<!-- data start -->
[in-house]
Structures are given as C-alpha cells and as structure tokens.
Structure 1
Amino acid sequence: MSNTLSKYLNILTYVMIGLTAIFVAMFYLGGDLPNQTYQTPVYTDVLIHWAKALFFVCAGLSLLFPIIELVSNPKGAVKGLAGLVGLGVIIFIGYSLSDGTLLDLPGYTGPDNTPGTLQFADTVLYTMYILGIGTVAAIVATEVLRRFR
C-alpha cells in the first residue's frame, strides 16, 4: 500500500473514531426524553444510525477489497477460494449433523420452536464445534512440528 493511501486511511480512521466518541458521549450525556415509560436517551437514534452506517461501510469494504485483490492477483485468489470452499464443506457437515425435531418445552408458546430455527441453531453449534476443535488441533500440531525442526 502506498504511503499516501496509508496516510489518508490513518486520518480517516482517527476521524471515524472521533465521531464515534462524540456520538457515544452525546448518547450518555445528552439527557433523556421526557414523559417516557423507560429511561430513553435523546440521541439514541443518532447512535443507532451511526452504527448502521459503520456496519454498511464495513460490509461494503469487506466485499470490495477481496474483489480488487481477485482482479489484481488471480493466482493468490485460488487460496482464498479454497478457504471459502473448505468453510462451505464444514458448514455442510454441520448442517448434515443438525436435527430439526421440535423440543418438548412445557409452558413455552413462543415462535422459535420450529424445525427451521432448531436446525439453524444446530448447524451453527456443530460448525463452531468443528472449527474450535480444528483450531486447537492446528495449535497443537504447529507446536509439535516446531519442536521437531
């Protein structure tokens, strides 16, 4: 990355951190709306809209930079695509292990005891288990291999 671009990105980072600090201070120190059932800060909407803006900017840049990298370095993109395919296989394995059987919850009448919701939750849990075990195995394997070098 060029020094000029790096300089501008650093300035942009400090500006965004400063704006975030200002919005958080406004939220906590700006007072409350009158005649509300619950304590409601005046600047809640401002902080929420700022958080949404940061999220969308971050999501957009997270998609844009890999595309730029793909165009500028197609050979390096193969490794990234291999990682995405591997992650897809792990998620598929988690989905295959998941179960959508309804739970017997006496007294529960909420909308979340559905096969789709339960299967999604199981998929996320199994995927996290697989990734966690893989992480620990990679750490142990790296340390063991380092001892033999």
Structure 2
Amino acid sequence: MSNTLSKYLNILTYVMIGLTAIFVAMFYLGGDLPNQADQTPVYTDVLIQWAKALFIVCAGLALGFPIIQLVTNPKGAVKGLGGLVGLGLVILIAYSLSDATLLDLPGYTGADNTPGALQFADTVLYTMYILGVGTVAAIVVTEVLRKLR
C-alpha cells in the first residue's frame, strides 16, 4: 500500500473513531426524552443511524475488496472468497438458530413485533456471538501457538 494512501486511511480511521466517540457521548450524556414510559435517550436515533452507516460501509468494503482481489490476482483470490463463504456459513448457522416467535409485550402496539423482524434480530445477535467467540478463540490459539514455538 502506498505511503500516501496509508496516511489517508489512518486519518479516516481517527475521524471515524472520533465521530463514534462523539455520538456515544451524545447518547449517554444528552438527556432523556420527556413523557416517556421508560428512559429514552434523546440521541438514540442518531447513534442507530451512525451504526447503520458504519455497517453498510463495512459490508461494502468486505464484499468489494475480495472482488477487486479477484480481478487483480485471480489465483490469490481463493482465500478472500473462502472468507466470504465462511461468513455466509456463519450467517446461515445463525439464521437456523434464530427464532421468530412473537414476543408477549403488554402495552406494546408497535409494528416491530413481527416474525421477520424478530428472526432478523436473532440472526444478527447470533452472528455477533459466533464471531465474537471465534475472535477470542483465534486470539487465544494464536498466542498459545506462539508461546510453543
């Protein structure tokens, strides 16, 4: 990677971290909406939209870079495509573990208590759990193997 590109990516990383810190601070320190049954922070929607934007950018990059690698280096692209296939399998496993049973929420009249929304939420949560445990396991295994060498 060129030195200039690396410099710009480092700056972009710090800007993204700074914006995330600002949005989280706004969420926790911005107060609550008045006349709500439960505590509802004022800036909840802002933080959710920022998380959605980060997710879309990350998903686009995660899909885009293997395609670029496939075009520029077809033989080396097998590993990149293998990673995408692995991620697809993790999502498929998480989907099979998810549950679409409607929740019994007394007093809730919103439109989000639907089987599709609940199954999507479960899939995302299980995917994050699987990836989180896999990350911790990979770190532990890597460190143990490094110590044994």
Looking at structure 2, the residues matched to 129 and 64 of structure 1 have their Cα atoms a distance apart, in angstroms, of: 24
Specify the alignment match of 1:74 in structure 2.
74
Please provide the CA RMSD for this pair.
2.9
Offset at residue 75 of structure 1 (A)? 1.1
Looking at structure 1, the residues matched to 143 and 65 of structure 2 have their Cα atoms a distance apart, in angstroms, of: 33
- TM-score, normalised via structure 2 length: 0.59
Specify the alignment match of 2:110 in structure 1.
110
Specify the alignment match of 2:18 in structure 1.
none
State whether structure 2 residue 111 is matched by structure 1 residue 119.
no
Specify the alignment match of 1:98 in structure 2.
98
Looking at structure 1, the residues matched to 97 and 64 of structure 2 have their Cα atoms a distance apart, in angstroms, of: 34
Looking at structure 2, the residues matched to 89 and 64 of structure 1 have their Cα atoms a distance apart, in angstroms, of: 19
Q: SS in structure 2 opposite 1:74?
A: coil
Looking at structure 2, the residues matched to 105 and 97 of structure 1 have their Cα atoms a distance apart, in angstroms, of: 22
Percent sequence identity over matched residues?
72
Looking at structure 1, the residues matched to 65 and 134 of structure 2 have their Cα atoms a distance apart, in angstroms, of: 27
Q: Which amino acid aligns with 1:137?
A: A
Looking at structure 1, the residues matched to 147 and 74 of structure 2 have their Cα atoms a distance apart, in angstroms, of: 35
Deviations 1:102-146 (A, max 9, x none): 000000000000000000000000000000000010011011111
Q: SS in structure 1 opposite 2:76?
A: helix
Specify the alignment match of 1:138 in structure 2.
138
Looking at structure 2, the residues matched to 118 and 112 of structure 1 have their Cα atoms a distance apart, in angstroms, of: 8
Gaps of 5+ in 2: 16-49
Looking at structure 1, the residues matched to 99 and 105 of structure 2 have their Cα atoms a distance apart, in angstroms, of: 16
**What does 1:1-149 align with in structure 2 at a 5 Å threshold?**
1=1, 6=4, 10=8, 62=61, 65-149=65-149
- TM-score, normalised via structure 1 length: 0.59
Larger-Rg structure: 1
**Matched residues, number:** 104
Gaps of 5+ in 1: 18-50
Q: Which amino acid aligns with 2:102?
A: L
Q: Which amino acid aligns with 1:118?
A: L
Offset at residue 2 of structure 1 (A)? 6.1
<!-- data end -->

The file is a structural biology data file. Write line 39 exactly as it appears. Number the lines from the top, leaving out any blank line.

Q: SS in structure 1 opposite 2:76?